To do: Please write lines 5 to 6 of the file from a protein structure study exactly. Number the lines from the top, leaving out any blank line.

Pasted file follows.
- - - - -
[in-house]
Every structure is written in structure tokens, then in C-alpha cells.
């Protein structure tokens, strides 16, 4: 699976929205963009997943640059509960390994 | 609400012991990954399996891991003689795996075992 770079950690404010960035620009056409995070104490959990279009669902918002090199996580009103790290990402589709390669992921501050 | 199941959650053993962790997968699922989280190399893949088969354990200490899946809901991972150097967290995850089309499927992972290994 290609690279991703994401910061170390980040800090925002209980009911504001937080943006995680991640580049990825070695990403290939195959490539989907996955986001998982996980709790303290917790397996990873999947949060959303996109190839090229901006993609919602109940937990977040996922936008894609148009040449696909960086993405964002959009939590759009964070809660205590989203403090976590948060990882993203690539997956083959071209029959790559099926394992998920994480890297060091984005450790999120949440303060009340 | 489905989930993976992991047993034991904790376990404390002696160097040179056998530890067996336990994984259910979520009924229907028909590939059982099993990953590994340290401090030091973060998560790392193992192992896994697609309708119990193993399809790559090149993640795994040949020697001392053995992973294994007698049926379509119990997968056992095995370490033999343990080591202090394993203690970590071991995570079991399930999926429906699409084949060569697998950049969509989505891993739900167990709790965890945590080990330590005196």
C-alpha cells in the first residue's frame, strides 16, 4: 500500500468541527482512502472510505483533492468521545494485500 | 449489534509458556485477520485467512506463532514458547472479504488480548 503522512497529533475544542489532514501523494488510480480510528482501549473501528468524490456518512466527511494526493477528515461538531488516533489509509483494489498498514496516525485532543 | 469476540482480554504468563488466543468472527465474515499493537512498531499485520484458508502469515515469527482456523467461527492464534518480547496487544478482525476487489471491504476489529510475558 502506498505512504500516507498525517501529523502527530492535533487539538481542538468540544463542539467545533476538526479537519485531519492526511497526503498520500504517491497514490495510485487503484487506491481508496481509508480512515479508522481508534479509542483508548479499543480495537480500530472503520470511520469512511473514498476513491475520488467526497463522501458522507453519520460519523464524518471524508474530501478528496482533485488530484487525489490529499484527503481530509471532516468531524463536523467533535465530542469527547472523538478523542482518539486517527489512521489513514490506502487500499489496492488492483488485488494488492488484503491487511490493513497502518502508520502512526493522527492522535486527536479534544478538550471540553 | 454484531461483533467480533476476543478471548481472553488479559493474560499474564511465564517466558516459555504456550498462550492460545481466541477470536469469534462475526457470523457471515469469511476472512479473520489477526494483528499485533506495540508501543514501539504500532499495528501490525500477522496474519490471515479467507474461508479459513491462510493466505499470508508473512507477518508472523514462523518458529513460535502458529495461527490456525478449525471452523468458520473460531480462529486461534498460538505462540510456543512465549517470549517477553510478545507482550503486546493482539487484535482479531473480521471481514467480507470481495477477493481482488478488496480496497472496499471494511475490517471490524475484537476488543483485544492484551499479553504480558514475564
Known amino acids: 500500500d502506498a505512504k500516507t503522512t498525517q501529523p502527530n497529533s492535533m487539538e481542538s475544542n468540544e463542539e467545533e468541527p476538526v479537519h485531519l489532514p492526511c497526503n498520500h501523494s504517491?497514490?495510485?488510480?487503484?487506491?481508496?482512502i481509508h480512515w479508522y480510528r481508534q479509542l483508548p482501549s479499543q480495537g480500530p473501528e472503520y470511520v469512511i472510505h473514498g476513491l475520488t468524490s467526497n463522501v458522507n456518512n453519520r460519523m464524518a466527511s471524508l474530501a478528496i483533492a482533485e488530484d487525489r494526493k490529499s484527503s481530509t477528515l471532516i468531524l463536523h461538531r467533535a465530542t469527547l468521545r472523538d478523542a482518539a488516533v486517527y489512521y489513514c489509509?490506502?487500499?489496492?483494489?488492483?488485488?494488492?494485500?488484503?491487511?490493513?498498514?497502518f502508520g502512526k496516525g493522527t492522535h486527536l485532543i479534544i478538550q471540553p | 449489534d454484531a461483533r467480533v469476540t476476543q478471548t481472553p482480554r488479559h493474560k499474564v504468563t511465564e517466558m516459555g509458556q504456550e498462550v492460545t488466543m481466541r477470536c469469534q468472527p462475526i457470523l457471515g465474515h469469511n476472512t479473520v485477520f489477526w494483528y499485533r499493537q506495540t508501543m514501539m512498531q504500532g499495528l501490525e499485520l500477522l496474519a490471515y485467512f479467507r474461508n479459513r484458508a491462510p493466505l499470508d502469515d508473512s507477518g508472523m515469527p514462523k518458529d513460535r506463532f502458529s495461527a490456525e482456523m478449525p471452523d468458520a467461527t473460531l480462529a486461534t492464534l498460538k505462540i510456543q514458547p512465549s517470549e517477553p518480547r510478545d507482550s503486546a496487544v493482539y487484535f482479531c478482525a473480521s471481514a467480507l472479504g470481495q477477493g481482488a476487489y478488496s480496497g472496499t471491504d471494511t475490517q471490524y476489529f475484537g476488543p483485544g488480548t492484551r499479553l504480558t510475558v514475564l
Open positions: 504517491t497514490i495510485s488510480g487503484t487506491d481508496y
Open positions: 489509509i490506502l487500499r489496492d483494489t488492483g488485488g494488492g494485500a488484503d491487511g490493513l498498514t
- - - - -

Known amino acids: 500500500d502506498a505512504k500516507t503522512t498525517q501529523p502527530n497529533s492535533m487539538e481542538s475544542n468540544e463542539e467545533e468541527p476538526v479537519h485531519l489532514p492526511c497526503n498520500h501523494s504517491?497514490?495510485?488510480?487503484?487506491?481508496?482512502i481509508h480512515w479508522y480510528r481508534q479509542l483508548p482501549s479499543q480495537g480500530p473501528e472503520y470511520v469512511i472510505h473514498g476513491l475520488t468524490s467526497n463522501v458522507n456518512n453519520r460519523m464524518a466527511s471524508l474530501a478528496i483533492a482533485e488530484d487525489r494526493k490529499s484527503s481530509t477528515l471532516i468531524l463536523h461538531r467533535a465530542t469527547l468521545r472523538d478523542a482518539a488516533v486517527y489512521y489513514c489509509?490506502?487500499?489496492?483494489?488492483?488485488?494488492?494485500?488484503?491487511?490493513?498498514?497502518f502508520g502512526k496516525g493522527t492522535h486527536l485532543i479534544i478538550q471540553p | 449489534d454484531a461483533r467480533v469476540t476476543q478471548t481472553p482480554r488479559h493474560k499474564v504468563t511465564e517466558m516459555g509458556q504456550e498462550v492460545t488466543m481466541r477470536c469469534q468472527p462475526i457470523l457471515g465474515h469469511n476472512t479473520v485477520f489477526w494483528y499485533r499493537q506495540t508501543m514501539m512498531q504500532g499495528l501490525e499485520l500477522l496474519a490471515y485467512f479467507r474461508n479459513r484458508a491462510p493466505l499470508d502469515d508473512s507477518g508472523m515469527p514462523k518458529d513460535r506463532f502458529s495461527a490456525e482456523m478449525p471452523d468458520a467461527t473460531l480462529a486461534t492464534l498460538k505462540i510456543q514458547p512465549s517470549e517477553p518480547r510478545d507482550s503486546a496487544v493482539y487484535f482479531c478482525a473480521s471481514a467480507l472479504g470481495q477477493g481482488a476487489y478488496s480496497g472496499t471491504d471494511t475490517q471490524y476489529f475484537g476488543p483485544g488480548t492484551r499479553l504480558t510475558v514475564l
Open positions: 504517491t497514490i495510485s488510480g487503484t487506491d481508496y